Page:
UVLT has found stump sprouts, saplings, seeds, pods, and mature chestnut trees at Smith Pond Shaker Forest Conservation Area. Before 1904, American Chestnuts were a common tree in North American forests. They grew rapidly and up to 100 ft tall. They were useful for their hardy and abundant nuts that could feed wildlife and livestock. Their wood is straight-grained, lightweight, and rot-resistant, making it well suited for fence posts, home and barn construction, and fine furniture.
Then in 1904 a fungal pathogen, commonly known as Chestnut Blight, was introduced from Asia to the US and spread rapidly through New England Forests. By 1940, most mature chestnut trees had been wiped out from this disease. The fungus enters the tree through damage to the bark and spreads to the underlying tissue, killing each layer as it moves through. The tissues can no longer transport water and nutrients throughout the tree from the roots and the tops of the trees begin to die. The fungus spreads through the air, infecting all of the nearby chestnut trees. The only mature American Chestnut trees left standing are those without another Chestnut within 10km.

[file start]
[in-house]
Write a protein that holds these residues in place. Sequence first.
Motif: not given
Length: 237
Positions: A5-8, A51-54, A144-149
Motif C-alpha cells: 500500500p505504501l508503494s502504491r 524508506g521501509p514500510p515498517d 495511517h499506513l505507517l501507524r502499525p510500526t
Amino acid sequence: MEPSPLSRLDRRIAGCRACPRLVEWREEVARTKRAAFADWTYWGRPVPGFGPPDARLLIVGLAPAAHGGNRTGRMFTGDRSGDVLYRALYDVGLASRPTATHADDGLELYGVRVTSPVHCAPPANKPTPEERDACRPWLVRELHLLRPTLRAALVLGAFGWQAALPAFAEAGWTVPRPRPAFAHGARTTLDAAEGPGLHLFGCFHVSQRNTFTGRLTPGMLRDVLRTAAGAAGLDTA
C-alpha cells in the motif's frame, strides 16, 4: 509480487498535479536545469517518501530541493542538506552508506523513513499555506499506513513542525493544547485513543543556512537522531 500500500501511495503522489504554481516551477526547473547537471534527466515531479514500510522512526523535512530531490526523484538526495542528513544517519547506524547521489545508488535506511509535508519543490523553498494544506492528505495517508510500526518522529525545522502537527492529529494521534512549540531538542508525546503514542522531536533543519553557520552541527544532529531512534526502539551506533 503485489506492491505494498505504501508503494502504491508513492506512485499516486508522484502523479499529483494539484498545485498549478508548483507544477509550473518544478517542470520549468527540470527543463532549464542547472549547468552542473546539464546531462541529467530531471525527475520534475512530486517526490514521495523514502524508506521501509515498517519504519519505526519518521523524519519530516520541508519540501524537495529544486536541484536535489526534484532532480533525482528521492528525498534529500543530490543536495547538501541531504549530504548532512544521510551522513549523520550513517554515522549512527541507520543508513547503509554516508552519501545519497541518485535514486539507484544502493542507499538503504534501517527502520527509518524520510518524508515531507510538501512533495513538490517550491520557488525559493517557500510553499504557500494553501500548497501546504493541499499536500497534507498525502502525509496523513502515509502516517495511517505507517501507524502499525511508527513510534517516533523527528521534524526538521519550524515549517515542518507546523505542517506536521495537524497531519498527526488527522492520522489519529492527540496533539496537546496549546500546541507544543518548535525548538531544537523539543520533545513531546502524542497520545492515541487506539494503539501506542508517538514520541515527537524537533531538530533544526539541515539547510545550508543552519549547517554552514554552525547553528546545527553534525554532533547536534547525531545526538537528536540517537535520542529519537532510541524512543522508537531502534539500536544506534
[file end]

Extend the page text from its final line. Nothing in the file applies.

Some chestnuts have survived by sending up stump sprouts that grow vigorously in disturbed sites, such as areas that have been logged. But eventually, these trees will also become infected with blight and die back. Very few trees will reach reproductive maturity. The Upper Valley is at the northern reaches of the American Chestnut tree’s range. It is also at the northern reaches of the fungus’s range and because of this, there are more healthy, unaffected trees in our area than anywhere else in the nation.
To date, 16 American Chestnut trees have been identified on the property, some of which can be seen from the trails. The largest trees so far identified on the property are seven inches in diameter and 35 ft high. At least five of these trees are producing nuts.